Spanning Tree Protocol 2

Here you will find answers to Spanning Tree Protocol Questions – Part 2
Question 1
Which standard supports multiple instances of spanning tree?
A. 802.1 D
B. 802.1s
C. 802.1w
D. 802.1 z

Answer: B
Question 2
Spanning Tree Protocol calculates path cost based on which of these?
A. interface bandwidth
B. interface delay
C. interface bandwidth and delay
D. hop count
E. bridge priority

Answer: A
Question 3
In Layer 2 topologies, spanning-tree failures can cause loops in the network. These unblocked loops can cause network failures because of excessive traffic. Which two Catalyst 6500 features can be used to limit excessive traffic during spanning-tree loop conditions? (Choose two)
A. loop guard
B. storm control
C. storm suppression
D. broadcast suppression
E. BPDU guard

Answer: B D
Question 4
Why does RSTP have a better convergence time than 802.1 D?
A. it is newer
B. it has smaller timers
C. it has less overhead
D. it is not timer-based

Answer: D
Question 5
Under which two circumstances would an RSTP bridge flush its CAM table? (Choose two)
A. upon a port state change
B. upon receiving a topology change notification
C. when transitioning from discarding to forwarding
D. when transitioning from forwarding to discarding
E. only when changing from listening to discarding
F. when CAM resources have been completely used up

Answer: B C
Question 6
Which of these correctly identifies a difference between the way BPDUs are handled by 802.1w and 802.1 D?
A. 802.1D bridges do not relay BPDUs.
B. 802.1w bridges do not relay BPDUs.
C. 802.1D bridges only relay BPDUs received from the root.
D. 802.1w bridges only relay BPDUs received from the root.

Answer: C
Question 7
You have done a partial migration from 802.1 D STP to 802.1w STP. Which of the following is true?
A. 802.1 D and 802.1w intemperate only when the 802.1 D STP domain supports rapid convergence.
B. Ports leading to 802.1 D devices will run in compatibility mode, while the rest of the ports will run in 802.1 w mode.
C. This is an invalid configuration and a partial migration cannot be done.
D. The bridge timers will be set to match the 802.1 D devices.
E. A secondary root bridge will always be populated within the 802.1 D domain.
F. If the root bridge is selected within the 802.1 D domain, the whole STP domain will run in

Answer: B
Question 8
In the following network topology, there are three switches. All of them are configured to run STP. The network administrator has configured all switches in order for Link A to be the active link and Link B to be the standby link. When SB begins forwarding on Link B, a routing loop is formed. Why?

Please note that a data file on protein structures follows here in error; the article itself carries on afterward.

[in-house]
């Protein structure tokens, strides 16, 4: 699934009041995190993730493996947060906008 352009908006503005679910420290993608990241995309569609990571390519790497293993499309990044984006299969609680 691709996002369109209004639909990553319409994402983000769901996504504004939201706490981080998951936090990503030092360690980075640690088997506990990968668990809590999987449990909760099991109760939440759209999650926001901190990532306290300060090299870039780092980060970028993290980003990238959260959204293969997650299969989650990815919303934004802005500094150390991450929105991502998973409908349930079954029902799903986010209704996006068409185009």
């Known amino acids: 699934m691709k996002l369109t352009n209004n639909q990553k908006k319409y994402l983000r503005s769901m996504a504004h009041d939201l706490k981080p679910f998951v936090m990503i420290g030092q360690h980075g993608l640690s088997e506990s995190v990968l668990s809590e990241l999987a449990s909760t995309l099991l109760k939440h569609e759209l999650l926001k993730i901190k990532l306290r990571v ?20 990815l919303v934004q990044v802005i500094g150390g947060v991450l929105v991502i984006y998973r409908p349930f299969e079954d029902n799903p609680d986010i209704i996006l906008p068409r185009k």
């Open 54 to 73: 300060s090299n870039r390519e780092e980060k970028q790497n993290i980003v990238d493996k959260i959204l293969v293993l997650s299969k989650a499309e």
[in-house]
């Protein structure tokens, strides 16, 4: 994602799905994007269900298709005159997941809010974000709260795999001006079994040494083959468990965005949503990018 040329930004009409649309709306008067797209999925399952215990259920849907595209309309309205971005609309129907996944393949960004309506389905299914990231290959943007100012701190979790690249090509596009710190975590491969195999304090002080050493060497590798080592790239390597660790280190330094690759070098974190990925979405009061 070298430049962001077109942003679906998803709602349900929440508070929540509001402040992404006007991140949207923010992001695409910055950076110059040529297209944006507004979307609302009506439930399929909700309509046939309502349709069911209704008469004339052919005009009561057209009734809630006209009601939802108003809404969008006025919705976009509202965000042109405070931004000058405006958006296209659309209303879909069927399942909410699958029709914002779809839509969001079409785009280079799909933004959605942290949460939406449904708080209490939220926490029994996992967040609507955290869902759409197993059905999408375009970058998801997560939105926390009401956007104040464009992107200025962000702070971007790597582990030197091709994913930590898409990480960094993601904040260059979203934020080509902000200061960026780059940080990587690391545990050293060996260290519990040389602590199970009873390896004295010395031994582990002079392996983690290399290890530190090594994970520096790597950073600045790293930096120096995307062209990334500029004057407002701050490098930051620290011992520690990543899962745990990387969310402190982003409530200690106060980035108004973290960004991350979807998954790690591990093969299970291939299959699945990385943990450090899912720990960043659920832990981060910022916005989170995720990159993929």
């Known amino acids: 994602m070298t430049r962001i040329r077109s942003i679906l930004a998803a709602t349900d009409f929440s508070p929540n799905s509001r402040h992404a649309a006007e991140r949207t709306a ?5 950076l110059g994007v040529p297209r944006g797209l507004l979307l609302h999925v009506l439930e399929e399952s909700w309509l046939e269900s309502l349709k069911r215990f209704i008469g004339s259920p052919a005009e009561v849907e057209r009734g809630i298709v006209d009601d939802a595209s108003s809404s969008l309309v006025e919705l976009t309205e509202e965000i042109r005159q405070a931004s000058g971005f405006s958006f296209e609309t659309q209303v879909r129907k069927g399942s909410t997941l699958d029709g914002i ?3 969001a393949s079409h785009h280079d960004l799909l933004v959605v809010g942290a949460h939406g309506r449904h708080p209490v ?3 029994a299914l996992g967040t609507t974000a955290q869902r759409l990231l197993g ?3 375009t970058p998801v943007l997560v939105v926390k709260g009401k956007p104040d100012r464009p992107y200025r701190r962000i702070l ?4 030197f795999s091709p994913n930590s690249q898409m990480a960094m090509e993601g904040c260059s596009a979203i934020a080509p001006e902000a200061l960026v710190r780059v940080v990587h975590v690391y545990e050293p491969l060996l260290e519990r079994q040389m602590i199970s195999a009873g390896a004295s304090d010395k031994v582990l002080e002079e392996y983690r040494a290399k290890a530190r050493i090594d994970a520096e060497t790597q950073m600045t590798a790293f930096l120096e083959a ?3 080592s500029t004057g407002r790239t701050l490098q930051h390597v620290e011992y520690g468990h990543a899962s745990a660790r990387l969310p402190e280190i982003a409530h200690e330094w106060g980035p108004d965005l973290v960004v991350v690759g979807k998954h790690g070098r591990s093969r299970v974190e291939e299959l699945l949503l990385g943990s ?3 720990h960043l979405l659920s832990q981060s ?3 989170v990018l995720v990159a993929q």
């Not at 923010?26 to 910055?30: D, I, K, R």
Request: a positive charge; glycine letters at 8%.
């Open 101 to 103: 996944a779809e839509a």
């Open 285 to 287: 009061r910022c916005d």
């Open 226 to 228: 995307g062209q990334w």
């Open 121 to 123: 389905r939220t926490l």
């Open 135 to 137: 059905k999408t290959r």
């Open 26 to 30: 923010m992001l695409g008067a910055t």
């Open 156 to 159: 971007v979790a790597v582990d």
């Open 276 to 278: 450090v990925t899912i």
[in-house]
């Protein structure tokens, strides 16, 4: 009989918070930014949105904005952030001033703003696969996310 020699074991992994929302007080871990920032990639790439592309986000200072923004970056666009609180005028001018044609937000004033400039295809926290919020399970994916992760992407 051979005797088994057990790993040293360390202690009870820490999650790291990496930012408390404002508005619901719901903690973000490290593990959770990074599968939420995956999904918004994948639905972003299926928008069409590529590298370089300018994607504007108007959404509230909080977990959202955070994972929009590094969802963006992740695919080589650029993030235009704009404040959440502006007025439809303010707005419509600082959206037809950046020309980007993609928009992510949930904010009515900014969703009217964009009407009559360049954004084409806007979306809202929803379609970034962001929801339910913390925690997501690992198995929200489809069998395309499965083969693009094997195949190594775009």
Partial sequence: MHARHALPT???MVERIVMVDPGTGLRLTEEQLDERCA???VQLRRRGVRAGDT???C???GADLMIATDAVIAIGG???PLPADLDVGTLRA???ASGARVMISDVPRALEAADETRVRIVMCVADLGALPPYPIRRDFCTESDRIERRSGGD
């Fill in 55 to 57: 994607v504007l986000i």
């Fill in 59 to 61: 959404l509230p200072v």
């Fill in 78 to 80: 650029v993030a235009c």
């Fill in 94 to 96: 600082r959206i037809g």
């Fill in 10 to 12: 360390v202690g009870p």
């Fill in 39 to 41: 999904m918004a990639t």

A. MISTP is enabled without RSTP. 
B. There is a port duplex mismatch.
C. A single instance of STP is enabled instead of PVST. 
D. PortFast is not enabled.

Answer: B
When the network converges, link B will be blocked at one end. In this case, we suppose the port on SB is being blocked then it is still in blocking state until it stops receiving BPDU from a bridge that has a higher priority (in this case SA or SC). A port duplex mismatch can cause this state when the two endpoints of the connection between switch-switch are using different duplex settings. For example, one endpoint is operating at full-duplex while the other is using half-duplex. For example, the SA’s port connected to SB is set as “half-duplex” while SB’s port connected to SA is set as “full-duplex” as shown below.
Because switch SB has configuration for full-duplex, it does not perform carrier sense before link access. Switch SB starts to send frames even if switch SA is already using the link. Switch A, operating at half-duplex mode, detects a collision and runs the backoff algorithm before the bridge attempts another transmission of the frame. If there is enough traffic from SB to SA, every packet that A sends, which includes the BPDUs, undergoes deferment or collision and eventually gets dropped. SB does not receive BPDUs from SA any more, SB think it has lost the root bridge. This leads SB to unblock the port connected to SC, which creates the loop.
Some of the situations in which the loss of BPDUs cause a blocked port to go into forwarding mode are:
+ Duplex Mismatch
+ Unidirectional Link
+ Packet Corruption
+ Resource Errors
+ PortFast Configuration Error
+ Awkward STP Parameter Tuning and Diameter Issues
+ Software Errors
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